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What is the name of the Blueprint that determines how far the controller moves

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    [VIVE] What is the name of the Blueprint that determines how far the controller moves

    So I can't get my head around this one. Say you wanted to tell another Blueprint how far the controller has moved how would you do that? Example you have your character change to a flying movement and you want to tell that blueprint how far the controller has moved in real space.

    #2
    Get the controller position each tick, subtract last from current = distance moved?
    Last edited by mordentral; 12-10-2016, 04:49 PM.


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      #3
      Originally posted by mordentral View Post
      Get the controller position each tick, subtract last from current = distance moved?
      The only problem is that there is no Blueprint called "Controller Position" so I'm guessing I'm pulling a reference to the controller itself and hooking a Blueprint up to that but what Blueprint. That's where I'm stuck.

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        #4
        GetComponentWorldLocation / GetWorldLocation

        Motion controllers are just components where their Relative position to their parents are driven by the tracking system. You can get the component locations to get the world space controller location.
        Last edited by mordentral; 12-12-2016, 12:03 PM.


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          #5
          Originally posted by mordentral View Post
          GetComponentWorldLocation / GetWorldLocation

          Motion controllers are just components where their Relative position to their parents are driven by the tracking system. You can get the component locations to get the world space controller location.
          I think you might have guessed that this was going to be my next problem.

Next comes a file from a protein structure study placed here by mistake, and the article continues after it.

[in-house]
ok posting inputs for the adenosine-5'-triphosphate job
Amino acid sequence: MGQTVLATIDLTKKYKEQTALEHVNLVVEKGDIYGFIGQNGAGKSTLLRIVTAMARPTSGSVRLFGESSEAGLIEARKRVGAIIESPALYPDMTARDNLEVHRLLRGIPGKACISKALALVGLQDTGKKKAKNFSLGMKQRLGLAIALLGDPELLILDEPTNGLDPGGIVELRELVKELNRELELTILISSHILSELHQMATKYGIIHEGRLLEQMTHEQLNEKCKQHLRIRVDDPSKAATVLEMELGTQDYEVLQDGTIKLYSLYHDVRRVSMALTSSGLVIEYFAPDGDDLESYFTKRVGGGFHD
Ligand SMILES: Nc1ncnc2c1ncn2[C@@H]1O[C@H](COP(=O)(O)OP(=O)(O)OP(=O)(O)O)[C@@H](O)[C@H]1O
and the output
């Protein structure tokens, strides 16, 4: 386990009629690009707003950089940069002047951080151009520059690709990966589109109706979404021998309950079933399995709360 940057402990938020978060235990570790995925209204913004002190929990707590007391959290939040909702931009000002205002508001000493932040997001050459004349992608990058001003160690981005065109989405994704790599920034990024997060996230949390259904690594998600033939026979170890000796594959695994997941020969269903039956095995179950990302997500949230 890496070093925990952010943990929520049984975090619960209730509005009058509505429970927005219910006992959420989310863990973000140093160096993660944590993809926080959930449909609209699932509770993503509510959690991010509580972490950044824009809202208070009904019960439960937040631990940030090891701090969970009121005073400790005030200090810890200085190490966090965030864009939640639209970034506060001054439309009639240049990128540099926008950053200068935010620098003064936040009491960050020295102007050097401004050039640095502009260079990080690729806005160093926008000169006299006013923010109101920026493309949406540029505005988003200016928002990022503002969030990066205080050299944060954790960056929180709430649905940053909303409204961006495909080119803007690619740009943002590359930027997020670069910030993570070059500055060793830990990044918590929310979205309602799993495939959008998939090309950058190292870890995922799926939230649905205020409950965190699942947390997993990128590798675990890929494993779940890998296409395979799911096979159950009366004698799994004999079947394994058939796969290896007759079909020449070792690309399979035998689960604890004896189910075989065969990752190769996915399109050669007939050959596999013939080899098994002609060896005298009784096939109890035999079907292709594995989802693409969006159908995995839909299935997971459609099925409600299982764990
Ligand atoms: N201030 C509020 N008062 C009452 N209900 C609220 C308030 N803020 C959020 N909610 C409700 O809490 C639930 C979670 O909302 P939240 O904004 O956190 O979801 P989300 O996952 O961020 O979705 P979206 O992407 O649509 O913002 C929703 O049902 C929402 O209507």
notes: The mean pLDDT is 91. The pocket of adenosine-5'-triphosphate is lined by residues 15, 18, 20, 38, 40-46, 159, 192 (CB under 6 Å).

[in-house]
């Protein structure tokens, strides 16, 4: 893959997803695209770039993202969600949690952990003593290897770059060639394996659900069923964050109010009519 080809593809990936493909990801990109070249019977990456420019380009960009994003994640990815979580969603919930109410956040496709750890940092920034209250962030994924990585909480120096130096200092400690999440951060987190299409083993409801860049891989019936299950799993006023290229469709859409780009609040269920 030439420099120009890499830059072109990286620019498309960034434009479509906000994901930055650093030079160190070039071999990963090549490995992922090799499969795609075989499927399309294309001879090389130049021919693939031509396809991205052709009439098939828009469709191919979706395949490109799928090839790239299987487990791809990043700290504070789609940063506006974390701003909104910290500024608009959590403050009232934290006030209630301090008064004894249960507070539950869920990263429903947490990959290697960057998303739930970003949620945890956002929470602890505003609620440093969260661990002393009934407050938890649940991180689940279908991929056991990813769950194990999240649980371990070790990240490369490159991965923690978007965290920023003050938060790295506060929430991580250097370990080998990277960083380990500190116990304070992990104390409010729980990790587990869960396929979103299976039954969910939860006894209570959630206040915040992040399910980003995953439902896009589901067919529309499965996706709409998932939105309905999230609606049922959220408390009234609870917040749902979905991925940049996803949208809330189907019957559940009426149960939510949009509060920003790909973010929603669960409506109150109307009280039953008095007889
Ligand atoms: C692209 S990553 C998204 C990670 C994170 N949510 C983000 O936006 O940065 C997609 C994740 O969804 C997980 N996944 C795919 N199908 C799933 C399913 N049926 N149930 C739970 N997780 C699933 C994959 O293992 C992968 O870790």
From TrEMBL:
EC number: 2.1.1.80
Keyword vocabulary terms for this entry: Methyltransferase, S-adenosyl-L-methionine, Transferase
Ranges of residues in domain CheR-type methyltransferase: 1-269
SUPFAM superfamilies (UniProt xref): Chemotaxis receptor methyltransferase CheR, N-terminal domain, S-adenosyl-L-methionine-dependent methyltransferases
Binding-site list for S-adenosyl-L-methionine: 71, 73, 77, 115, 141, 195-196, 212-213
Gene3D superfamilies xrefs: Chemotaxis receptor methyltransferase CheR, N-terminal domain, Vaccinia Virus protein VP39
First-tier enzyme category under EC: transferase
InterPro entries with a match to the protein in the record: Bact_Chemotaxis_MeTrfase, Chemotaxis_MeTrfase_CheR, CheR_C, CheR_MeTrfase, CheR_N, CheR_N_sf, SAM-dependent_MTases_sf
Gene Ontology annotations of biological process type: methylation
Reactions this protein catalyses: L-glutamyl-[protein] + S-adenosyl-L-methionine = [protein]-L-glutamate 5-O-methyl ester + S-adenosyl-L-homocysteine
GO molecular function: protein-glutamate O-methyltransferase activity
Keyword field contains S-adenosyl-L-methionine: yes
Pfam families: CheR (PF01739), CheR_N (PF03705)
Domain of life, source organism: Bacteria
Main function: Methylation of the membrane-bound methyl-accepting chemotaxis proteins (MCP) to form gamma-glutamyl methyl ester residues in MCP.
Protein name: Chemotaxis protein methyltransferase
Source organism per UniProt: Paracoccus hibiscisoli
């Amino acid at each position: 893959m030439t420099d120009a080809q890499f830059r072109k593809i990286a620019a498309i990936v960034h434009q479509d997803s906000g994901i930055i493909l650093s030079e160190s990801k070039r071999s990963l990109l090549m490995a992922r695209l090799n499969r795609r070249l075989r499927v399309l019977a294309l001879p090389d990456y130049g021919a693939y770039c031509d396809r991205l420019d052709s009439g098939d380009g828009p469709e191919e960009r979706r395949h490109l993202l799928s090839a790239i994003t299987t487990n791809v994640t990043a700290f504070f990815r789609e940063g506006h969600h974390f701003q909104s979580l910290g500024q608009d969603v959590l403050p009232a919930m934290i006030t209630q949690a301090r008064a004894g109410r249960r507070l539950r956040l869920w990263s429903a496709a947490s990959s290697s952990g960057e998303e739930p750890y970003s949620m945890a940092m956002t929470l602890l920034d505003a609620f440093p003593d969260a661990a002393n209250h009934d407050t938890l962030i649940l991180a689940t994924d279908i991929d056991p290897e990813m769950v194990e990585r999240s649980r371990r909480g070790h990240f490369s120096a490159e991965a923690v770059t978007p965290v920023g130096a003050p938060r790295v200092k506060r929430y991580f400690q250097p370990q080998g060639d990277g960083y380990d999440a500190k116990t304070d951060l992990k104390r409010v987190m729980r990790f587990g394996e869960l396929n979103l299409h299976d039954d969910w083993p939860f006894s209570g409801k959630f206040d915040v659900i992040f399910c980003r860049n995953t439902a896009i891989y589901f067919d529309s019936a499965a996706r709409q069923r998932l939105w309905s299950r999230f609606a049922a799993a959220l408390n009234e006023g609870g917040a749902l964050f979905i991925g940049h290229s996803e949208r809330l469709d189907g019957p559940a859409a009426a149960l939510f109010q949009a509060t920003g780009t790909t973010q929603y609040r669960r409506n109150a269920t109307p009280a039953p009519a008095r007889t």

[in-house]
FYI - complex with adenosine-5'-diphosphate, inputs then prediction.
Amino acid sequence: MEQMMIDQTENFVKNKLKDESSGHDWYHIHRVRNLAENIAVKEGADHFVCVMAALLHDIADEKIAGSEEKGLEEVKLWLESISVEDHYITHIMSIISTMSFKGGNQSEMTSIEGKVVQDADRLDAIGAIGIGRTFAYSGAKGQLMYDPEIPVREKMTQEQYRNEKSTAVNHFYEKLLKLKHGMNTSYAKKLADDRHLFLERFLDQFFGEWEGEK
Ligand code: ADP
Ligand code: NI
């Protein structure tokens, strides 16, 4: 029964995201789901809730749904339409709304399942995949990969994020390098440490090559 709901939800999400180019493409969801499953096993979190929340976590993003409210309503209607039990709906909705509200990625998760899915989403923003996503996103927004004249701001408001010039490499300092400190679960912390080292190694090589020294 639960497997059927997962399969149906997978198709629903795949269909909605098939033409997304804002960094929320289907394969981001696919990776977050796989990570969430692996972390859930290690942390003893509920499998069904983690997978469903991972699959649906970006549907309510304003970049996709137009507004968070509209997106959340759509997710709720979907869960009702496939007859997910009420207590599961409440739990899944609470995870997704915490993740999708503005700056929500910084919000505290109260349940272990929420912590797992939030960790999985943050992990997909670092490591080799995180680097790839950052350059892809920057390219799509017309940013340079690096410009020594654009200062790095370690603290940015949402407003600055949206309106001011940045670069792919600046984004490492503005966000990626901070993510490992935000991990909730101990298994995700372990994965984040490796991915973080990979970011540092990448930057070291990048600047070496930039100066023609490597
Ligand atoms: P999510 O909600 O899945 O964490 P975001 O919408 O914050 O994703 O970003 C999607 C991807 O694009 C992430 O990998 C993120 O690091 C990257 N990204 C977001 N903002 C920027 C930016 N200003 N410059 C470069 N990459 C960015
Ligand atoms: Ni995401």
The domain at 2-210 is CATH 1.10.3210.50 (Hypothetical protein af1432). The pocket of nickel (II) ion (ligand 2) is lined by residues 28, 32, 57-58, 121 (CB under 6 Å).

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          I don't know what I need to plug the GetWorldLocation node into. I'm hoping you might show me a screenshot if what you mean showing the blueprints.

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            #6
            Its usually about this time that sometimes someone suggests that I learn more about Blueprints but sadly what some people who know Blueprints inside and out don't get is there are some people like me who's brain is wired in a different way and just can't get Blueprints or programing. I've watched hundreds of hours of youtube videos over the last couple of years and unless I see someone put a blueprint together I won't get it and if after learning how to do a simple thing like say setting a boolean if a few months pass without me doing it again I'll forget how to do it and have to look it up again. Is it frustrating? yes, it makes everything ten times harder and its almost as frustrating as coming across some people that because they understand how blueprints work they think my brain must be wired the same way theirs is, that I'm just being lazy and I should just learn more about blueprints but that won't work for the way my brain is wired. Another way to try and explain how my brain is wired and people like me. I have to memorize how every single word is spelt. I know there are rules to spelling and if you learn those rules you can spell nearly any word but I can't and if I don't spell a word on a daily basis then within a few months I will forget how to spell it and will have to memorize it again. I'm sure there are plenty of people like me on this forum that have a passion for making games but they are just too embarrassed to come out and admit that they have the same problem. Anyway I just wanted to get that off my chest